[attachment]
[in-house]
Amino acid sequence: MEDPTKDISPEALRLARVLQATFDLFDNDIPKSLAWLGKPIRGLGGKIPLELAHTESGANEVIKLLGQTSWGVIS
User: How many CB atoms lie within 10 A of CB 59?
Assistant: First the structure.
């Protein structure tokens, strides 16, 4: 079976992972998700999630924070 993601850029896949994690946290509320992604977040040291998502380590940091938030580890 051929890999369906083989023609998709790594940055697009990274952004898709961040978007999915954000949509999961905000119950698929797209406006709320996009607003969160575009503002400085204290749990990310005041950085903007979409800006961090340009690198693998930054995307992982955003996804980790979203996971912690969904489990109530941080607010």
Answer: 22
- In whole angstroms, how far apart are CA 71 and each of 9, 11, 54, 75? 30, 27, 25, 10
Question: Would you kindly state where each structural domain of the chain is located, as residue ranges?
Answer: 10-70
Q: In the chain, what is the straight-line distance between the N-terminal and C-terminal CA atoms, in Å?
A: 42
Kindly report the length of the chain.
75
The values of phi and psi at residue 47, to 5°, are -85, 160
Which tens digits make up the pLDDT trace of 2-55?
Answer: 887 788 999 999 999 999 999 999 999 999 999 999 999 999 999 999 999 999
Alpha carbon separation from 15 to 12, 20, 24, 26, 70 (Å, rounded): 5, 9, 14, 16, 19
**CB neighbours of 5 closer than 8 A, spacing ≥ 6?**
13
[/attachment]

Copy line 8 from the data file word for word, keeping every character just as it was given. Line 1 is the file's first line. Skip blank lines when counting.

Question: Would you kindly state where each structural domain of the chain is located, as residue ranges?